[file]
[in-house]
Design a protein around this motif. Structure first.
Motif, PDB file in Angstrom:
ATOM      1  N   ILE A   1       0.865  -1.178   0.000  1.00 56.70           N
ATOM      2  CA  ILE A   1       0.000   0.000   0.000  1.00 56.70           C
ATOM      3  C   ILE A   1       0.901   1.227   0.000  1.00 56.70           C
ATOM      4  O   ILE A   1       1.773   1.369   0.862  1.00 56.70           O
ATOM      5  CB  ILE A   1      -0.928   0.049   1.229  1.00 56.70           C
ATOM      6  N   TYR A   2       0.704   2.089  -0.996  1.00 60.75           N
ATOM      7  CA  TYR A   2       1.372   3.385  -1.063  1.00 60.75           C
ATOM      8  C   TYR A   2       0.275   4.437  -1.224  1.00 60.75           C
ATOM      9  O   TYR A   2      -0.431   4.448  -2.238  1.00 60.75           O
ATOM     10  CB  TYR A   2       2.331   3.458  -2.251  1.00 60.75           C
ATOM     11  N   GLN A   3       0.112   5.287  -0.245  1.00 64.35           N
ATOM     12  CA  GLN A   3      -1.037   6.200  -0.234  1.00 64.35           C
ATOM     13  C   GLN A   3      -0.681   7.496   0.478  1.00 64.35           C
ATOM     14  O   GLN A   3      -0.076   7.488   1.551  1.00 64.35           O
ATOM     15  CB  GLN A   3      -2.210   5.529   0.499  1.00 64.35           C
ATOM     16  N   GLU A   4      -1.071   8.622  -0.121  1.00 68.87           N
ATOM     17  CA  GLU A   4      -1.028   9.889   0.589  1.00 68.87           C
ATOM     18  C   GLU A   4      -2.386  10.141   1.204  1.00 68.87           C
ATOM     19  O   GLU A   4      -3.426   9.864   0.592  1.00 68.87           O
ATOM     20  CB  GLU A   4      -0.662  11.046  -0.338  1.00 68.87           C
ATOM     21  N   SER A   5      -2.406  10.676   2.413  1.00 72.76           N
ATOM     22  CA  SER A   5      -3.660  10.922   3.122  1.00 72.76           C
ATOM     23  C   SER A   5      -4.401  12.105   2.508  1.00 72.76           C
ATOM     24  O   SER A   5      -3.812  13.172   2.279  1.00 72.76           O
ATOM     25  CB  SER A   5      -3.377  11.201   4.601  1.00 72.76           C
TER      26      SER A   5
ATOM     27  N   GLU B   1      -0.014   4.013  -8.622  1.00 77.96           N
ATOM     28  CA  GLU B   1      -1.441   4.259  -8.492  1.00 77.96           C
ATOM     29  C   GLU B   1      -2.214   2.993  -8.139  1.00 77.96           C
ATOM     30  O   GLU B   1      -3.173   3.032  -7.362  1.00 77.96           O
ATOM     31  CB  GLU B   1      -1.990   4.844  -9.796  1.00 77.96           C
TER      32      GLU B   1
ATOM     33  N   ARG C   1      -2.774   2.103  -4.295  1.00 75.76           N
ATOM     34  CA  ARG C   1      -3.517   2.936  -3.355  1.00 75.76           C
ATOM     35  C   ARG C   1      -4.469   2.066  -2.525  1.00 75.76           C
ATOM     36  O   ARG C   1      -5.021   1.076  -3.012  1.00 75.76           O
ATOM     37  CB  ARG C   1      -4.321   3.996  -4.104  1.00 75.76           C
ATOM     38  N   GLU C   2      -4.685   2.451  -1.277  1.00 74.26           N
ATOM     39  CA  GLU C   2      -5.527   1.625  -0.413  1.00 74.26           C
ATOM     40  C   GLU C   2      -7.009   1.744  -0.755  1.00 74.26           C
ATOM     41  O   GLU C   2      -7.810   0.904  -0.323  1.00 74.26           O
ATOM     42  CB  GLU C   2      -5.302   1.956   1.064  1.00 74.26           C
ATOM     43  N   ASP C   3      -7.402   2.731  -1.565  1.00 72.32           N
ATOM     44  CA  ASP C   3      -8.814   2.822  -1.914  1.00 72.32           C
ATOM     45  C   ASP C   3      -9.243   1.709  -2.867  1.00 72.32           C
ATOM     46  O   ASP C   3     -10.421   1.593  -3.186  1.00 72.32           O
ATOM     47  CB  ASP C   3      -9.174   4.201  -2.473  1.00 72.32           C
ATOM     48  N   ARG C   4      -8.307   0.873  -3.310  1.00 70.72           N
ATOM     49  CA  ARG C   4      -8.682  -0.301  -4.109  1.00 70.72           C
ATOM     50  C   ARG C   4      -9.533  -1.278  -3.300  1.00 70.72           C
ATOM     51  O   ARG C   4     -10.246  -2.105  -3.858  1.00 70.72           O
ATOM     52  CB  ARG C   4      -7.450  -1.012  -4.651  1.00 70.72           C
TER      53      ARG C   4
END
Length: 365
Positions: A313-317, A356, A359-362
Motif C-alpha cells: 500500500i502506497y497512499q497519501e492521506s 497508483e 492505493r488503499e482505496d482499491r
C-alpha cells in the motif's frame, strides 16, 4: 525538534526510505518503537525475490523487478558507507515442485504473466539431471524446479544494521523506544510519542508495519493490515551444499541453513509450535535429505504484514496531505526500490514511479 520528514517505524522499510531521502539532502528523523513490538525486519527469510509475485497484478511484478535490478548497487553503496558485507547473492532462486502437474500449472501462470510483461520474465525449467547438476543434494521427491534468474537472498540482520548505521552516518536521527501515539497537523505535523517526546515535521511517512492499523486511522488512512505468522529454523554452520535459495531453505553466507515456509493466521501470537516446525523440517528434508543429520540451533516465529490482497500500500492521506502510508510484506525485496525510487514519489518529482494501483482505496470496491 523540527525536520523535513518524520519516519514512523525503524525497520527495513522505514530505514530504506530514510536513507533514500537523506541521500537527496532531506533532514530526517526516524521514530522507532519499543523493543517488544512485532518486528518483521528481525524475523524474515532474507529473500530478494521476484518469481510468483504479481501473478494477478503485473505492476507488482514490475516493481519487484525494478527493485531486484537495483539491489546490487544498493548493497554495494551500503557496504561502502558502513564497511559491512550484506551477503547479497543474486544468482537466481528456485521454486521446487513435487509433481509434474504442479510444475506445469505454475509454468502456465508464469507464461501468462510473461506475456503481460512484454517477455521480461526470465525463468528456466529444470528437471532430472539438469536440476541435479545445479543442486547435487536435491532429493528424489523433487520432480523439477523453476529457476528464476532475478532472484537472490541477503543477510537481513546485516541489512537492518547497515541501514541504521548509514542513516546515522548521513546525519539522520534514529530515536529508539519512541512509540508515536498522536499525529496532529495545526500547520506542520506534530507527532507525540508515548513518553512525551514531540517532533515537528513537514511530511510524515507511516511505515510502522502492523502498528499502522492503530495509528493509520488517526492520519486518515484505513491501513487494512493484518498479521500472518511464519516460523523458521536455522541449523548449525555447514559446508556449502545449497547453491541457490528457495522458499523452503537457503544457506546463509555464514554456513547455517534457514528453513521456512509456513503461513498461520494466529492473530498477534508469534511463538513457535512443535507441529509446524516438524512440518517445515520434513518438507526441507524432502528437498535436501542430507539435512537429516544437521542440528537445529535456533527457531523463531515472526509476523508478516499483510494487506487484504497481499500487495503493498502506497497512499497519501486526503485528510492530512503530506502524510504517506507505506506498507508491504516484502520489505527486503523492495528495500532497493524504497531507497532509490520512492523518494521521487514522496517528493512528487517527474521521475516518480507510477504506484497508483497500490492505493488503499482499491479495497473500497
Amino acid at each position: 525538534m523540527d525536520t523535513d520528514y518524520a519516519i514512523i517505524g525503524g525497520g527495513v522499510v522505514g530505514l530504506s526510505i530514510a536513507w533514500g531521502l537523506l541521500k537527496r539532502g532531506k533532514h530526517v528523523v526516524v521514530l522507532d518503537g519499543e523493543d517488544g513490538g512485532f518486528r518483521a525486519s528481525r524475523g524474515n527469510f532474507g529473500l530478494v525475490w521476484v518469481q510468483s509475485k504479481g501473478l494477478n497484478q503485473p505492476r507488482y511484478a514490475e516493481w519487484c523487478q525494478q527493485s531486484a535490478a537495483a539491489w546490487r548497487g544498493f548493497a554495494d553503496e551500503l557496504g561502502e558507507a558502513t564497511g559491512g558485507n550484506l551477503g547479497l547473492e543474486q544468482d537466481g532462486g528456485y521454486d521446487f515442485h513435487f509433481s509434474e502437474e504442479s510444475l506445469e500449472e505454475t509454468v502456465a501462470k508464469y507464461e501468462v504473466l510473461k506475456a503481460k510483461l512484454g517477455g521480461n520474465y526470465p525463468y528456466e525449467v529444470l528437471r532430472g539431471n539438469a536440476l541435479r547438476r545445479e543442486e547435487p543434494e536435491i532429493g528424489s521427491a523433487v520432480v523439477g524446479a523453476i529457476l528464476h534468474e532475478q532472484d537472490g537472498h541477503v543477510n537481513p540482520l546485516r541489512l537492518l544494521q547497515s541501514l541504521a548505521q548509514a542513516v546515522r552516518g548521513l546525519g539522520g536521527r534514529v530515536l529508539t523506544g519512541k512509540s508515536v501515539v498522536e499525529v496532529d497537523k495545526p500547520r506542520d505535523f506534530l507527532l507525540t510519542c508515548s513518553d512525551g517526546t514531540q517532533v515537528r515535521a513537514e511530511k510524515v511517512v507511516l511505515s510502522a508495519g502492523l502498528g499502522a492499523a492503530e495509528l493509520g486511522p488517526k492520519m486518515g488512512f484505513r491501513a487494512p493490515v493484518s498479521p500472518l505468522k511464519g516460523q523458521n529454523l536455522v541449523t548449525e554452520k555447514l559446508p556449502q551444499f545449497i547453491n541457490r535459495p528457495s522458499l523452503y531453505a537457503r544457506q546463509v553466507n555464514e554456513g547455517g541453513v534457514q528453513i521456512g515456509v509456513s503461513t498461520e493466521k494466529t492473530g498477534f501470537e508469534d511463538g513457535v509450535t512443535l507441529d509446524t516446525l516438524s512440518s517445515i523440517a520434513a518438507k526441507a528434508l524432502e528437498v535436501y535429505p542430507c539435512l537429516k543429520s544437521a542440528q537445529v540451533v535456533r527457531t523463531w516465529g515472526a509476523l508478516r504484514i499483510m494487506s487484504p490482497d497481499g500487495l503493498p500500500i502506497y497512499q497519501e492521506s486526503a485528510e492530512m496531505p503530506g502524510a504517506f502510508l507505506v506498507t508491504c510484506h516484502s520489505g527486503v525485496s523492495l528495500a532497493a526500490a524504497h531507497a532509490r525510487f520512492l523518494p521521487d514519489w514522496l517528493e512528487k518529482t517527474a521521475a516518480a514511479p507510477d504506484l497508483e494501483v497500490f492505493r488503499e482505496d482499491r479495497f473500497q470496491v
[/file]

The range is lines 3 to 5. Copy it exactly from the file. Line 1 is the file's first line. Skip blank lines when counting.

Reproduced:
Motif, PDB file in Angstrom:
ATOM      1  N   ILE A   1       0.865  -1.178   0.000  1.00 56.70           N
ATOM      2  CA  ILE A   1       0.000   0.000   0.000  1.00 56.70           C